The Congressional Budget Office (CBO) has released new budget projections. In 2019, the federal government will spend $4.4 trillion, raise $3.5 trillion, and borrow $900 billion to cover the resulting deficit. As spending grows faster than revenues over the coming decade, deficits will grow larger.
CBO’s chart below shows budget data a share of gross domestic product (GDP). Except for four years under President Bill Clinton, the government has run almost continuous deficits in recent decades. Indeed, the budget has only been balanced 14 percent of the years since the 1930s, which was the great divide in U.S. fiscal history.
The government has been spilling red ink a long time, but the current rash of deficits and rising debt is unprecedented. On the chart, the spending‐revenue gap in coming years is large and persistent. But even that is an optimistic view based on steady economic growth over the next decade.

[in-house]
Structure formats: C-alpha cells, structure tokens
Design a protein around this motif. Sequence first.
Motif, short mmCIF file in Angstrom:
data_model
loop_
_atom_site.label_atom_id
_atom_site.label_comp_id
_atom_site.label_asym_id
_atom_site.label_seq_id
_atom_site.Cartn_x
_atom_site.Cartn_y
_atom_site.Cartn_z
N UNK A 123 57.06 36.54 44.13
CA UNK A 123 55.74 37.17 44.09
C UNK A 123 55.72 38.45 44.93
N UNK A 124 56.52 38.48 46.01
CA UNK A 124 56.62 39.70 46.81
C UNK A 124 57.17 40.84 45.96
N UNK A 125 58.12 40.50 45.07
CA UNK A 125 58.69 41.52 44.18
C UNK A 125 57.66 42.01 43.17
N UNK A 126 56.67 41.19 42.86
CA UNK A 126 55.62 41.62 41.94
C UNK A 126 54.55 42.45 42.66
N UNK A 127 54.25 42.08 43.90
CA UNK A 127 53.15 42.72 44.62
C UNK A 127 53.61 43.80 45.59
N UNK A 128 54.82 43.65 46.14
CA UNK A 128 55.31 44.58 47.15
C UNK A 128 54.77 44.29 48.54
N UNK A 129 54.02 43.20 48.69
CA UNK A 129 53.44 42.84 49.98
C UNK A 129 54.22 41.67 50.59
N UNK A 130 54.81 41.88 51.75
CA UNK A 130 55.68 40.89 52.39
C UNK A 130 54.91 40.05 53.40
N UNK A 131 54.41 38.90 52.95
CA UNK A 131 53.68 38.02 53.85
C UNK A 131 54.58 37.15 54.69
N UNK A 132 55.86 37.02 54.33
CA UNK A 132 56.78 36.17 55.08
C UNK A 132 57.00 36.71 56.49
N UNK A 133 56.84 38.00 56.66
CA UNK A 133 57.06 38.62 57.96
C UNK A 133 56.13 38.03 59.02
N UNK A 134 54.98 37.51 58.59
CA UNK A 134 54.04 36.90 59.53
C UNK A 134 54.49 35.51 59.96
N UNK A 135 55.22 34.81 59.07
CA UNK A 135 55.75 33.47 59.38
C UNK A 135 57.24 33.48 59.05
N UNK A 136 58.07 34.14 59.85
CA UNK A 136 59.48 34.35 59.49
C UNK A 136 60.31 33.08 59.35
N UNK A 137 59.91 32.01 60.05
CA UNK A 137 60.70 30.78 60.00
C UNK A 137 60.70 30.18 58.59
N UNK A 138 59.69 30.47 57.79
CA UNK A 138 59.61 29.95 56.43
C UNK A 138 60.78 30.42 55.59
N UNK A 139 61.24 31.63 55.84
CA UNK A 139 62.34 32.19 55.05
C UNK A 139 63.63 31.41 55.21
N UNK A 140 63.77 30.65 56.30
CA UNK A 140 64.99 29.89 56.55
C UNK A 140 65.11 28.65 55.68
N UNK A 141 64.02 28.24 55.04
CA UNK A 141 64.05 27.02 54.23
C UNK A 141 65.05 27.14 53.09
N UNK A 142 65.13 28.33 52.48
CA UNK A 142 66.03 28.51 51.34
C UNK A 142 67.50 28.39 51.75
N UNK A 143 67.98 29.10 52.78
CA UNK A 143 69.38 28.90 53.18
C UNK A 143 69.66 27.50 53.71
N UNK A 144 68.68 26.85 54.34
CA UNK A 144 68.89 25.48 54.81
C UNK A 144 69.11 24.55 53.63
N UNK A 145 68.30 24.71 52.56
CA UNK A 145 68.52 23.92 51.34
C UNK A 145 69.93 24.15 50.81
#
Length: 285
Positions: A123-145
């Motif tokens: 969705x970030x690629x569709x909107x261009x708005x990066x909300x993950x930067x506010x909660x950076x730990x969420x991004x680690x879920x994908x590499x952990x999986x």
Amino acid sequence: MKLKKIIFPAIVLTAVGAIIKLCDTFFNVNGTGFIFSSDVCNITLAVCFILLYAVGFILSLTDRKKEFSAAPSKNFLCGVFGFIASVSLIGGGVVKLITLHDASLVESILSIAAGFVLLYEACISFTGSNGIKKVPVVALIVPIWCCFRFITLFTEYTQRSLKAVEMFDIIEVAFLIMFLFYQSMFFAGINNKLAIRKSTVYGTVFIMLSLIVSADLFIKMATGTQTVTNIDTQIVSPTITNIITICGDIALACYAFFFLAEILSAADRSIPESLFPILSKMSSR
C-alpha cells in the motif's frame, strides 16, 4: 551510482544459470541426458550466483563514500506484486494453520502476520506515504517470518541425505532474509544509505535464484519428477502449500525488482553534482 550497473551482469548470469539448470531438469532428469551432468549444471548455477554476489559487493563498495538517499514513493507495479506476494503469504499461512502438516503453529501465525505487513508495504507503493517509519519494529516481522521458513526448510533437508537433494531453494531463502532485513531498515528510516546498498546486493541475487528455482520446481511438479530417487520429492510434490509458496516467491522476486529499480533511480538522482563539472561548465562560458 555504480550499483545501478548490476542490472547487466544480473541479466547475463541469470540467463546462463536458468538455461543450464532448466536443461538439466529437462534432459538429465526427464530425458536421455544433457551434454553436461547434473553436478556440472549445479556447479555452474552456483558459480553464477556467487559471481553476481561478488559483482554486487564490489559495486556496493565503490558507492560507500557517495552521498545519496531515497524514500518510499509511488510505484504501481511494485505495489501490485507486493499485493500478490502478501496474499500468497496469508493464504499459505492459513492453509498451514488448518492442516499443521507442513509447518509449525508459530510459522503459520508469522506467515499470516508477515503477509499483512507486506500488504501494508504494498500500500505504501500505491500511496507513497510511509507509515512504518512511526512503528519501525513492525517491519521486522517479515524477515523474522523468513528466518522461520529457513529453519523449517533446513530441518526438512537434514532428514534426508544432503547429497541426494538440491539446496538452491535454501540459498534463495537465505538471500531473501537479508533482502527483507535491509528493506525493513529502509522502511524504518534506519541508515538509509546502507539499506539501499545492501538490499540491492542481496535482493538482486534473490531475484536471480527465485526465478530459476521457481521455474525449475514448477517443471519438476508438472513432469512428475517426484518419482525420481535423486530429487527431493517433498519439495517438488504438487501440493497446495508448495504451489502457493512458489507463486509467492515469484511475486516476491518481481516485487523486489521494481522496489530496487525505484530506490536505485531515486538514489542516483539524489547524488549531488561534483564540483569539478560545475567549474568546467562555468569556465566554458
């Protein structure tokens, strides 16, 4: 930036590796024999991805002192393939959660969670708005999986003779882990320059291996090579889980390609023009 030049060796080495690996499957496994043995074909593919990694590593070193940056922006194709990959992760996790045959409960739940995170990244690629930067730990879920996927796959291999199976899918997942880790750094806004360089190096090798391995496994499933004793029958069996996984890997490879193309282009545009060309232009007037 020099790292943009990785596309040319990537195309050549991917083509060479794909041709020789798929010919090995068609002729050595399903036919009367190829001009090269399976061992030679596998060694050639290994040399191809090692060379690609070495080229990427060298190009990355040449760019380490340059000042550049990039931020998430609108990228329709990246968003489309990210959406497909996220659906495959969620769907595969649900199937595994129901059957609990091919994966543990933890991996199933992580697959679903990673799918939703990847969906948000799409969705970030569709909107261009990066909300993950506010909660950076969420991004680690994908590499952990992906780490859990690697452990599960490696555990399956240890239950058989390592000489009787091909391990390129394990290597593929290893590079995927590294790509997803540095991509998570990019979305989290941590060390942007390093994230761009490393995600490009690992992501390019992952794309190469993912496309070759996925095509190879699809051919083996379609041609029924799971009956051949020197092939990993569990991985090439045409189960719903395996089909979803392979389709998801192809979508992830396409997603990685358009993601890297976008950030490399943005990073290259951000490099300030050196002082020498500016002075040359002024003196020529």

Look at what happened during the last recession and consider that we are overdue for one today. Spending shot up 5 percentage points of GDP from 2007 to 2009 and revenues fell more than 3 points. That recession started after the deficit had narrowed to about 1 percentage point of GDP, but the next one will start when the deficit is already more than 4 points. Also, the last recession started when accumulated federal debt held by the public was 35 percent, but now it is 78 percent and rising.
We are in a much worse fiscal position today if a recession should strike. A bad recession would be a disaster for federal finances, which in turn could trigger broad damage to the global economy. Despite the obvious threat, the politicians in Washington have been asleep on the debt issue for years.
Former Starbucks head Howard Schultz announced that he may run for president as a fiscally responsible independent. He is correct in saying, “I think the greatest threat domestically to the country is this $21 trillion debt hanging over the cloud of America and future generations.”
Running as an independent is an uphill battle, but let’s hope that fiscal barista Schultz can deliver espresso shots to wake up the two main parties about the debt threat.